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CDC Chatbot Helps You Screen Yourself For Coronavirus: How To Use It

The CDC’s quick self-check for coronavirus should offer instant info

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If you’re worried you might have the coronavirus — and who isn’t? — the Centers for Disease Control and Prevention has posted an online chatbot that helps you check whether you might be sick with COVID-19.

To clarify: Only a physician or other qualified medically trained person can make an actual diagnosis. But the CDC’s “self-checker,” called Clara, walks you through a series of screening questions to tell you whether you should rest easy, call a doctor or call for an ambulance right away. Unfortunately, this is only for U.S. residents.

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Clara can be launched from the big blue button on the CDC’s page about coronavirus symptoms and testing.

The program pops up in a separate window to the side and asks your location, age, gender, symptoms and whether you’ve come into contact with someone who’s already sick, and whether you’re in a nursing home.

I ran through the questions several times, staying as true as possible to my actual situation: a middle-aged male living in New York City who probably is fine, yet is convinced he will die anyway.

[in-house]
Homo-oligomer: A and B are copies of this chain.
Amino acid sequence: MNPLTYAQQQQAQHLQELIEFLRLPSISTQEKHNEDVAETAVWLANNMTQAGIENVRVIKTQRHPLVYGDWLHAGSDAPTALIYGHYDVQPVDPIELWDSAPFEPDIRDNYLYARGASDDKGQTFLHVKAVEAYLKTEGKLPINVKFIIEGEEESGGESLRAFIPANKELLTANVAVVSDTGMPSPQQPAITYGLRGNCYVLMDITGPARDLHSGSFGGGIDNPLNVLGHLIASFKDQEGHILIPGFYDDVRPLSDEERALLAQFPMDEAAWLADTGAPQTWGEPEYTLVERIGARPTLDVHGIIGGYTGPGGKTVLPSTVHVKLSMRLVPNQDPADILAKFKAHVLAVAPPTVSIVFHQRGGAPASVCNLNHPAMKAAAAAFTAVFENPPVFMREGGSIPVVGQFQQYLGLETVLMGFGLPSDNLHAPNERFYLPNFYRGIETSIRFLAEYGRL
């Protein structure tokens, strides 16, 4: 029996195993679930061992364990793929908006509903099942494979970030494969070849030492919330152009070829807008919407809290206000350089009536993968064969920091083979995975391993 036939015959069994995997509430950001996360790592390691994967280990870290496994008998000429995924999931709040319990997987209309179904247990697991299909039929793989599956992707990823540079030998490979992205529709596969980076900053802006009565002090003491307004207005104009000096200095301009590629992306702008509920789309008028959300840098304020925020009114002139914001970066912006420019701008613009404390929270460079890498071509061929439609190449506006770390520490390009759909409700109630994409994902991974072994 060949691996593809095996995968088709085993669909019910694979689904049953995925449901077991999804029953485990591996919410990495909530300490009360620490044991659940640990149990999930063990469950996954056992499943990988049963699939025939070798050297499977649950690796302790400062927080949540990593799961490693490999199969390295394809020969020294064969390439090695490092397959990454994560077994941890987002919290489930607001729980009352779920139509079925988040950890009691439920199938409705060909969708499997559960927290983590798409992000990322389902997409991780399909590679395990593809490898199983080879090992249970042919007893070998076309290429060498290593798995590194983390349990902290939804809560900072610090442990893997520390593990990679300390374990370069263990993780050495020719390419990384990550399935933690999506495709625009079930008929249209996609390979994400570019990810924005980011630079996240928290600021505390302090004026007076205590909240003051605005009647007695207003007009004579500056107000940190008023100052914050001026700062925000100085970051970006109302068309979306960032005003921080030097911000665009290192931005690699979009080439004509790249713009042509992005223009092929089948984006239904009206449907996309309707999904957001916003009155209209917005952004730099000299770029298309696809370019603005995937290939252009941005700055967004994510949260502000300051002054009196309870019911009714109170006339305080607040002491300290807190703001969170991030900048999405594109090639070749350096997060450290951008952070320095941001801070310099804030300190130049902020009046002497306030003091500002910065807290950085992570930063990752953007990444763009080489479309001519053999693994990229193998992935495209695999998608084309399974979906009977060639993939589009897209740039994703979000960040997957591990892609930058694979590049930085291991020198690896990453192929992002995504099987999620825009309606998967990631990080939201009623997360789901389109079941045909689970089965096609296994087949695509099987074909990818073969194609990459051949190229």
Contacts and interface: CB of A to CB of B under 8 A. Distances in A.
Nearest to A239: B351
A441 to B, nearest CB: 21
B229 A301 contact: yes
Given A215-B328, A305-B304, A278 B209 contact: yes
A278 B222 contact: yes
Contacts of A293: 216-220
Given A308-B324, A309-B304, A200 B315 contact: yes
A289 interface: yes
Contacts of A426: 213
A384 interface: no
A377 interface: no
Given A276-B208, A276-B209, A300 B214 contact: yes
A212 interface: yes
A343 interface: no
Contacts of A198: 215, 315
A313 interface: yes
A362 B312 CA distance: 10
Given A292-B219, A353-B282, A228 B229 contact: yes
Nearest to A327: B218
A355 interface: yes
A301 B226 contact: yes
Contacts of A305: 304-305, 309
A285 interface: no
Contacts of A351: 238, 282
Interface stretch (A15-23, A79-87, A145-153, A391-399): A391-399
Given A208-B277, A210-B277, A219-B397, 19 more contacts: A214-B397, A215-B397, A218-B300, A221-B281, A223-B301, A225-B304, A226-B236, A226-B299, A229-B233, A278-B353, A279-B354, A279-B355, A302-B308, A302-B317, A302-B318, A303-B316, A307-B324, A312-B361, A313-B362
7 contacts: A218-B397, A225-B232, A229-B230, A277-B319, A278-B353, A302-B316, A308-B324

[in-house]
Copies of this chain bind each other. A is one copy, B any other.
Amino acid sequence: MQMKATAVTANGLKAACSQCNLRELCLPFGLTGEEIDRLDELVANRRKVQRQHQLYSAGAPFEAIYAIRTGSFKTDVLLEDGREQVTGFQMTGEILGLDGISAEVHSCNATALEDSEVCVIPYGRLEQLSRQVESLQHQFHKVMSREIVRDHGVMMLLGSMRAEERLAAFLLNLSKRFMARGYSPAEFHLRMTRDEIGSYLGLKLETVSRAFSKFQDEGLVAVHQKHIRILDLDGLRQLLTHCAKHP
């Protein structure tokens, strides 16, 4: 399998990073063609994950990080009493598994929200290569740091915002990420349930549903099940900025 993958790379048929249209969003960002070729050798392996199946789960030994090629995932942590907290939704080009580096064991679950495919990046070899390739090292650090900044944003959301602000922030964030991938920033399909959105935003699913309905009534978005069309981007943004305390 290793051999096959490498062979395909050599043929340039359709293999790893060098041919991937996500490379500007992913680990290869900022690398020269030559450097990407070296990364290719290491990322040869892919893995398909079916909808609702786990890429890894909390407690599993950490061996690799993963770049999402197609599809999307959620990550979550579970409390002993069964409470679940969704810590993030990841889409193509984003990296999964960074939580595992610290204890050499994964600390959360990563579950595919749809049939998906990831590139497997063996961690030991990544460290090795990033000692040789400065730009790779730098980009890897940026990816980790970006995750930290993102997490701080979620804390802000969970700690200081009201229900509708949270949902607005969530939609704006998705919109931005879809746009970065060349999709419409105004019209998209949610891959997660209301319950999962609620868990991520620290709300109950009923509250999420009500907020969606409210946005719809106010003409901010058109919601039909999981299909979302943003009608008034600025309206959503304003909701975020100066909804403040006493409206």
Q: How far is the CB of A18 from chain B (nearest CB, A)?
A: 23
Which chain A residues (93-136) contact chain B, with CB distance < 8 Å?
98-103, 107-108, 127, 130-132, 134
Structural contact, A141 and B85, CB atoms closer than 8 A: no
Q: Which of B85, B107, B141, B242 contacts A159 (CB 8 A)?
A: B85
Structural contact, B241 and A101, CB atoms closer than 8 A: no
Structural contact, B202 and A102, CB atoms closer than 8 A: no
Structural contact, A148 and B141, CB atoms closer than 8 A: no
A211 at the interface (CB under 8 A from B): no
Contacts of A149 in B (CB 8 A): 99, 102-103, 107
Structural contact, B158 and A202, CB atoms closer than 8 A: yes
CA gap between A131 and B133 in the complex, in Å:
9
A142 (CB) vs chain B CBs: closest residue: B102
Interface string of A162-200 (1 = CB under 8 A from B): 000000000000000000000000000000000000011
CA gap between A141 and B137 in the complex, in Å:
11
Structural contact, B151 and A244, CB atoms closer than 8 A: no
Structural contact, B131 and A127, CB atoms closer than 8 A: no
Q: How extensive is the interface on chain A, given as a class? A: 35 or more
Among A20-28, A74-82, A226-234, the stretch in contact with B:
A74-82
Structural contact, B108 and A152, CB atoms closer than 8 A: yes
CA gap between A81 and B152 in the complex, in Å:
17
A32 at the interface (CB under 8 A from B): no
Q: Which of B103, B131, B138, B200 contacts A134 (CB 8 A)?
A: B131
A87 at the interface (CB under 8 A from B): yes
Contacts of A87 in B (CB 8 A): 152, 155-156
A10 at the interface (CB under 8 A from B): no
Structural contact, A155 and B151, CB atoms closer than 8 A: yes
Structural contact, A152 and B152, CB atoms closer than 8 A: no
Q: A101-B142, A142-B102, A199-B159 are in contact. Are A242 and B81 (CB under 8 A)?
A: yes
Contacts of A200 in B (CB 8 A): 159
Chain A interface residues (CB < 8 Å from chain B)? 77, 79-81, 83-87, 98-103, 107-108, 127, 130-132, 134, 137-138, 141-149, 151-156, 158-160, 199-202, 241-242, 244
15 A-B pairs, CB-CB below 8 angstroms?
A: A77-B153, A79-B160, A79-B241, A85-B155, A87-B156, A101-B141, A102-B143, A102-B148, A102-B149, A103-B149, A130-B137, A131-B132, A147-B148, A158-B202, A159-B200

If I said “No” to “Are you ill, or caring for someone who is ill?”, then Clara told me that it “Sounds like you are feeling ok”.

If I said “Yes,” I was indeed ill, then Clara asked about my location, age and gender. If I said I had no symptoms other than a cough, and that I wasn’t in a nursing home and had no pre-existing conditions, then Clara told me to “Stay home and take care of yourself. Call your provider if you get worse”.

Image credit: Centers for Disease Control and Prevention

But if I said I had “severe and constant pain or pressure in the chest,” or were “gasping for air”, then Clara told me to “Call 911 — You may be having a medical emergency.” (Several other symptoms prompted that response, including seizures, confusion and slurred speech, not all of which are associated with COVID-19.)

Image credit: Centers for Disease Control and Prevention

Clara was created by the CDC and Microsoft, using the latter’s Microsoft Azure Healthcare Bot software. You can read about other implementations of Healthcare Bot in this Microsoft blog posting.

Once again, as Clara itself says, “This system does not replace the judgment of healthcare professionals or the performance of any clinical assessment.”

But the chatbot should help relieve the fears of many people who fear they’re infected — and let those truly in danger know what to do.

This article originally ran on

See also: Nationwide Marketing Group Creates Coronavirus Resource Center for Independent Retail Channel